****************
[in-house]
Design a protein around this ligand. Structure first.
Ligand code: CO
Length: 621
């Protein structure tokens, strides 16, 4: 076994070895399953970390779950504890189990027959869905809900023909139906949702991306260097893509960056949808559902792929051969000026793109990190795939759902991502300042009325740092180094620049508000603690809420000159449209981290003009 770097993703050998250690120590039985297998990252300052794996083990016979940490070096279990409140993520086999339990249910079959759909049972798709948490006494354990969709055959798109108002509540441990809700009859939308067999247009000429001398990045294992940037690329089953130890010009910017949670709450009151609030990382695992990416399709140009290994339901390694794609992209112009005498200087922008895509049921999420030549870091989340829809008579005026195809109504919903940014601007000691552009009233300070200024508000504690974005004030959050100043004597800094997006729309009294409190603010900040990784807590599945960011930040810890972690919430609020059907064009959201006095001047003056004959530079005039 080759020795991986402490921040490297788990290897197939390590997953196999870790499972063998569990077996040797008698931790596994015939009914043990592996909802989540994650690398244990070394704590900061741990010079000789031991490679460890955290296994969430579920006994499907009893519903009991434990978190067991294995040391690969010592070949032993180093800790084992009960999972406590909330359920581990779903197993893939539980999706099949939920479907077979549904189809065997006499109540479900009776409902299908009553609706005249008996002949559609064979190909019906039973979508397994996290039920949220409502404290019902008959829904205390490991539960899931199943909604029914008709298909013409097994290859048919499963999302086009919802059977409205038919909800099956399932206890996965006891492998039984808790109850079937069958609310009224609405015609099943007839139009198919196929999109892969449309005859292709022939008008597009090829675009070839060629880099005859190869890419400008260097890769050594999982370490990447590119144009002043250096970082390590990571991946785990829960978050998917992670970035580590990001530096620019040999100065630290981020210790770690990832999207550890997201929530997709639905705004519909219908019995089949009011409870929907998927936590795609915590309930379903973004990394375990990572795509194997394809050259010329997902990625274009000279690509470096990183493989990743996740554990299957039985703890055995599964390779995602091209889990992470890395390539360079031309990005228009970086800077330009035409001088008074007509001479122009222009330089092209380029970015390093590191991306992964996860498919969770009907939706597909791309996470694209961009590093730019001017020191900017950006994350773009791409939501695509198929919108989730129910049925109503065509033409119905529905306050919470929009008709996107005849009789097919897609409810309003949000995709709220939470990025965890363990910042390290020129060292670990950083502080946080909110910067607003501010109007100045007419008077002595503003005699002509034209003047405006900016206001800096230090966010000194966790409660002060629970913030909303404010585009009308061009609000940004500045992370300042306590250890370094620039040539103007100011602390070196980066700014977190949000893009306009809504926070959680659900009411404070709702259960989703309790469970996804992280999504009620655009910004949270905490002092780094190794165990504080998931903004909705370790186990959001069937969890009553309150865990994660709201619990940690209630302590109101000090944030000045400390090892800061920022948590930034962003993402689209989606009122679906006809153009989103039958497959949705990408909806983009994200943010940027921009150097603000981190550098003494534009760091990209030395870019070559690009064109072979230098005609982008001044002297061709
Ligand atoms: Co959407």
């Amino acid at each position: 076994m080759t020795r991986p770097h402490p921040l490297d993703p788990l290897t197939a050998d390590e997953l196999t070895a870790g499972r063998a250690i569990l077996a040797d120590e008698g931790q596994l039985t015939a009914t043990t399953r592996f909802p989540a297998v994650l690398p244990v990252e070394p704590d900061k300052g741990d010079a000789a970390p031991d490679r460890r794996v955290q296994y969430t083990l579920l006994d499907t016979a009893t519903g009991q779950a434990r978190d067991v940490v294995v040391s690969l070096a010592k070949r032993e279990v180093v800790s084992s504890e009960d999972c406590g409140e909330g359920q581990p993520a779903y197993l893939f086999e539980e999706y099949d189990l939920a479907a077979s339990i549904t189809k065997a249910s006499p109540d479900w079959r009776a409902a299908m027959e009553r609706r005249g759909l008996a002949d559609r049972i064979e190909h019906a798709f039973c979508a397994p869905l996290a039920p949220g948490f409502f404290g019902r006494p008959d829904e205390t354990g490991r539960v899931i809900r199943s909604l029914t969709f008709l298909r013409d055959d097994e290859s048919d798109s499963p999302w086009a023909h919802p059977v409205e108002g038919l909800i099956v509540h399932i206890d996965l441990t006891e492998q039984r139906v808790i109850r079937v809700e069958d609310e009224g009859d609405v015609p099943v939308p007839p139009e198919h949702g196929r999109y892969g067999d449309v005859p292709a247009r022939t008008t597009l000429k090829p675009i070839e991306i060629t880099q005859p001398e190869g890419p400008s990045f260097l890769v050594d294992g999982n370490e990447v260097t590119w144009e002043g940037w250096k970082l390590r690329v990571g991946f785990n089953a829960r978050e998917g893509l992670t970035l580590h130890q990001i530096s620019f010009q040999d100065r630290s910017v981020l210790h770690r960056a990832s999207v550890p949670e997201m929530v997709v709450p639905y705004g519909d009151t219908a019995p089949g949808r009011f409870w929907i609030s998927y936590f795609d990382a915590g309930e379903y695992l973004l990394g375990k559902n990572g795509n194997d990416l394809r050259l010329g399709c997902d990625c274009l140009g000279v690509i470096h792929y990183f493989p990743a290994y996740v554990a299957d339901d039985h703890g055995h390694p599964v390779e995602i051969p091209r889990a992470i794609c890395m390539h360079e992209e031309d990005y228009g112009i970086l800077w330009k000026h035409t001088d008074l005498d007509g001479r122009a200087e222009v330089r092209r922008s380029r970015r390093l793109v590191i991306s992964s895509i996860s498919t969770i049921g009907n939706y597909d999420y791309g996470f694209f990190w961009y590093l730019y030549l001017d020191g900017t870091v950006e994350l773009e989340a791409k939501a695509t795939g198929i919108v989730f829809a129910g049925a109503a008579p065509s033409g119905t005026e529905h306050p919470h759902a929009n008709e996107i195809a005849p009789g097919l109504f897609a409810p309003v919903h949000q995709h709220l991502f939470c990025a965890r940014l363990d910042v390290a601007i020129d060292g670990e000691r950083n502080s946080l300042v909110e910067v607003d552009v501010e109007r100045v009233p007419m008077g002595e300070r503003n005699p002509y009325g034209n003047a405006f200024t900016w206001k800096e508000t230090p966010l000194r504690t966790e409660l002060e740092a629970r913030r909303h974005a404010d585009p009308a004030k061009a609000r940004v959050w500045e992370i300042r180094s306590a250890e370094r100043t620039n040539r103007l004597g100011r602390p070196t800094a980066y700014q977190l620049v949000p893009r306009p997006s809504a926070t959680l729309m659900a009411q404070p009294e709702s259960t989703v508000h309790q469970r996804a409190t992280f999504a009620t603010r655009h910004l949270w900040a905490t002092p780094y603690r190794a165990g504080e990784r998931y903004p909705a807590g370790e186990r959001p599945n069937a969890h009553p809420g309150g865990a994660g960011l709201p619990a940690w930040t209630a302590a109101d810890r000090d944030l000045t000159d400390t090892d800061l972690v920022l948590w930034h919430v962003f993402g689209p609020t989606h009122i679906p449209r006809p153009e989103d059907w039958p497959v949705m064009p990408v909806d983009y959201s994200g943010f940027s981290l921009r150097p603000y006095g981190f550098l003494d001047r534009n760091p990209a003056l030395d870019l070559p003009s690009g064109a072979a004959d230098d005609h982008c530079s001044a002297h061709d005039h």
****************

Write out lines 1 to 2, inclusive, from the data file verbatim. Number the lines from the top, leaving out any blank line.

[in-house]
Design a protein around this ligand. Structure first.